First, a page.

Ground-breaking community-led development

National Context

Scotland is making bold strides towards Community Empowerment with the eponymous Bill setting out new powers and levers such as Community Asset Transfers and Rights to Buy. 

In advance of these coming into place Edinburgh community group Bridgend Inspiring Growth (BIG) pioneered the new thinking, to acquire, repair and develop a derelict farmhouse in the heart of the housing estates around Craigmillar Castle and its park, to the south of the city centre.

Bridgend Farmhouse - historic farmhouse on the outskirts of Edinburgh, restored. View of workshops and garden towards house

CLIENT / Bridgend Inspiring Growth

ARCHITECT / Malcolm Fraser Architects, delivered by Halliday Fraser Munro

COMPLETION / March 2018

AREAS / Old Farmhouse 170m2; New Workshops 85m2

Brief and Construction / Community Hub built and driven by the local community under Scotland’s new Asset Transfer powers. Growing, cooking and eating, with rentable rooms and workshops; repair and renewal of historic building plus newbuild workshops.

Bridgend Farmhouse, Edinburgh. Derelict two storey building prior to renovation
Aerial Diagram of Bridgend Farmhouse, Edinburgh. Workshops, gardens

Local Need, National Support

Bridgend Farmhouse is set in the middle of some of the 5% most deprived areas of Scotland: the estates of Craigmillar, Inch, Moredun and Gilmerton. These are areas of high unemployment, ill-health, poor school performance and lack of affordable facilities. The site was an old and derelict farmhouse, next to some allotments on the main old road south from the city.

The Group patiently brought funders and the City of Edinburgh Council behind them, with significant milestones being support from the Big Lottery and the Council passing the building to them for a nominal £1, in preference to commercial bids on the table.

In the bike workshop at Bridgend Farmhouse. Two staff work with bikes
Kitchen volunteers at Bridgend Farmhouse, Edinburgh. Standing in front of a stainless steel worktop.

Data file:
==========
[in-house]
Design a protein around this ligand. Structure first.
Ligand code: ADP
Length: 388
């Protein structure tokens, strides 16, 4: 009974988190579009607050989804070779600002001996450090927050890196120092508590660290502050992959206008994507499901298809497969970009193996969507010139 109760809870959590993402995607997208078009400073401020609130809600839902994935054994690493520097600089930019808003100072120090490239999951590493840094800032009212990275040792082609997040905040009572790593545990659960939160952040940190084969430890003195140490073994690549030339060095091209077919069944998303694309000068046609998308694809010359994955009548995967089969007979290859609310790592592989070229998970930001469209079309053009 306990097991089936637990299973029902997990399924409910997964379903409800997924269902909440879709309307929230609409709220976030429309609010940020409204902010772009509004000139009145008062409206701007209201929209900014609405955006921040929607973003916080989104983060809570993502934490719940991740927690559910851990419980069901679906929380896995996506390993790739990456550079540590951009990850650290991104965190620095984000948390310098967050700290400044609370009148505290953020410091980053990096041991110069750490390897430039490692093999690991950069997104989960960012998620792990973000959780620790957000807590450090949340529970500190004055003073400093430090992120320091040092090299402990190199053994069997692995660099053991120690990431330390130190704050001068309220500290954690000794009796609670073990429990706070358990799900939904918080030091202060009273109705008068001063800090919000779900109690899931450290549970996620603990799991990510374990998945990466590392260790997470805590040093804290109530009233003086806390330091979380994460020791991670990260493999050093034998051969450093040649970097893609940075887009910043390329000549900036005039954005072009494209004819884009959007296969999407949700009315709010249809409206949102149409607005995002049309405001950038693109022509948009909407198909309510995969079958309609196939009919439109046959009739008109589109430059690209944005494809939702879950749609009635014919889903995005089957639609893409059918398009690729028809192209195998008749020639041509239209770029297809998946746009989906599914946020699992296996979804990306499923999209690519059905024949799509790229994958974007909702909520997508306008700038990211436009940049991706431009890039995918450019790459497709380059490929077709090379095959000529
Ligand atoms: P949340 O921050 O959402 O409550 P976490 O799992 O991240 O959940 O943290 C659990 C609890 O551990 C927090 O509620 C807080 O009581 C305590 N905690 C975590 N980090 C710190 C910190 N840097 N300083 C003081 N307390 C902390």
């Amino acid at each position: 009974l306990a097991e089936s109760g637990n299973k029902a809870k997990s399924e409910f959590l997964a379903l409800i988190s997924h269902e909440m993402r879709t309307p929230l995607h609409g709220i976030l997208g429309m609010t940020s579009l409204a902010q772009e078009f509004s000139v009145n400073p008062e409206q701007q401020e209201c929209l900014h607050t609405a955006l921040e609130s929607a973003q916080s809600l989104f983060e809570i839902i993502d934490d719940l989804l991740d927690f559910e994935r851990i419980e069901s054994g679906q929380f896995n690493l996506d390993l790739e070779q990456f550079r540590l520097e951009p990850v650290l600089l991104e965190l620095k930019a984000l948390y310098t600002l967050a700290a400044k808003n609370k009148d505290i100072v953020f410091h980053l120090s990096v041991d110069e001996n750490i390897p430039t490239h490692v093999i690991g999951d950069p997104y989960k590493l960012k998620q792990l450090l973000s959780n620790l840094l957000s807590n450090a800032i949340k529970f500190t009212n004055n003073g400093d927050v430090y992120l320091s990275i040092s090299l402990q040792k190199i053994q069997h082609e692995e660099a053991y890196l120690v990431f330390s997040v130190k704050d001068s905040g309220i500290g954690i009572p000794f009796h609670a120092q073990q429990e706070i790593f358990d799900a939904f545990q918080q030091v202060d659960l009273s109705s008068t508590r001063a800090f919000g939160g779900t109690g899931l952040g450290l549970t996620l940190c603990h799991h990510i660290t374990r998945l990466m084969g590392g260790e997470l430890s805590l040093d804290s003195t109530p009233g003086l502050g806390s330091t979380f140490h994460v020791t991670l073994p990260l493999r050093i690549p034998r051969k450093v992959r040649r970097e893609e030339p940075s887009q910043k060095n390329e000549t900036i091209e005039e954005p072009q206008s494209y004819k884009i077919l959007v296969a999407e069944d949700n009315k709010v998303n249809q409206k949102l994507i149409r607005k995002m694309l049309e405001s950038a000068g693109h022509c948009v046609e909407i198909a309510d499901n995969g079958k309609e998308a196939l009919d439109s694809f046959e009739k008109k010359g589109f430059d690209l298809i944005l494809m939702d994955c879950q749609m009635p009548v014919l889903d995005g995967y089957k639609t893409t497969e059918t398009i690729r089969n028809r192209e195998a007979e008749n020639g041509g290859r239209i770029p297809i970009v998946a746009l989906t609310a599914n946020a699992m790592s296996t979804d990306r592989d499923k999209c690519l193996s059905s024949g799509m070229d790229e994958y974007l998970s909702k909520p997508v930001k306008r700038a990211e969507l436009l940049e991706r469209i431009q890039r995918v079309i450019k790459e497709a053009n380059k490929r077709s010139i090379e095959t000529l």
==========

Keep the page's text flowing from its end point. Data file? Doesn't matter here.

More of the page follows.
Constitution and Brief

The Group was constituted as a SCIO (Scottish Charitable Incorporated Organisation), a legal form unique to Scottish charities and able to enter into contracts, employ staff, incur debts and own property, with a vision to develop skills around growing, cooking and eating, outdoor activities in relation to the park and general community opportunity and development.

The rebuilt farmhouse has café, training kitchens and meeting rooms. Adjacent to it a new timber shed contains workshops, which encloses a working yard to the front and a kitchen garden behind.

Main Contractor / Cornhill Building Services; main contract c. £628,000 plus community self-build input.

MFA Team / Malcolm Fraser, Pete Virtue, Gillian Storrar

Halliday Fraser Munro / Malcolm Fraser, Max Davidson, Mike Mckenzie

Structural Engineer / Elliott&Co

Costs, PD / David Adamson Group

Services / Harley Haddow

Project Manager / Graham Harper

Bridgend Farmhouse, Edinburgh. Family fun day in the garden
Courtyard party.
Canopy in the garden for summer talks and events
Courtyard adapted to a summer conference and party venue.

Building Knowledge and Skills through Community Participation

During the restoration BIG volunteers cleared the derelict building of overgrown plants and rubbish, built a temporary hut for activities and repaired and rebuilt the boundary walls, learning traditional lime mortar and mason’s skills.

They then completed the building of the Workshops which are clad in larch which the community prepared and fitted themselves, following training in the spectacular art of flame-charring. They also painted the interior of the farmhouse and restored the garden after the contractors moved out, have built a timber stage for outdoor performances and are completing and planning further projects.

Charred larch cladding at Bridgend Community Farmhouse.
Charred larch cladding on the Workshop building - prepared and fitted by community volunteers.
Volunteers char the larch cladding at Bridgend Farmhouse, Edinburgh
Volunteers prepare charred larch for the Workshop building.

An Ongoing Success

The building opened with a big party in Spring 2018 and BIG now have two full-time employees and two part-time staff who are delivering a programme of kitchen and cafe training, pilates and singing classes, woodwork sessions, a bike repair service, up-cycling workshops, arts and crafts classes, heritage projects, volunteer drop-in days and family fun events. Local volunteers are helping to run the kitchen and cafe, to lead woodworking and arts and craft sessions and are taking an active part in the heritage project.

Public events include Open Doors days, Festival of Food days, Family Fun days and Ceilidhs and hires for private events. And BIG have converted from a SCIO to a Co-operative Community Benefit Society and successfully completed a crowdfunded share offer to fund resources as the Lottery grant ends, passing ownership of the site and project to shareholders in the local community. The project now attracts an average of 600 people a month.

View from above, looking into the garden at Bridgend Farmhouse garden, Edinburgh. Opening party
Opening Party, 24 March 2018.
Development Manager Donna McArdle, City of Edinburgh Council Leader Adam McVey and Local Councillor Derek Howie - at Bridgend Farmhouse, Edinburgh, for the opening party.
Development Manager Donna McArdle, City of Edinburgh Council Leader Adam McVey and Local Councillor Derek Howie.

Principal Awards

MacEwan Award for social architecture, 2019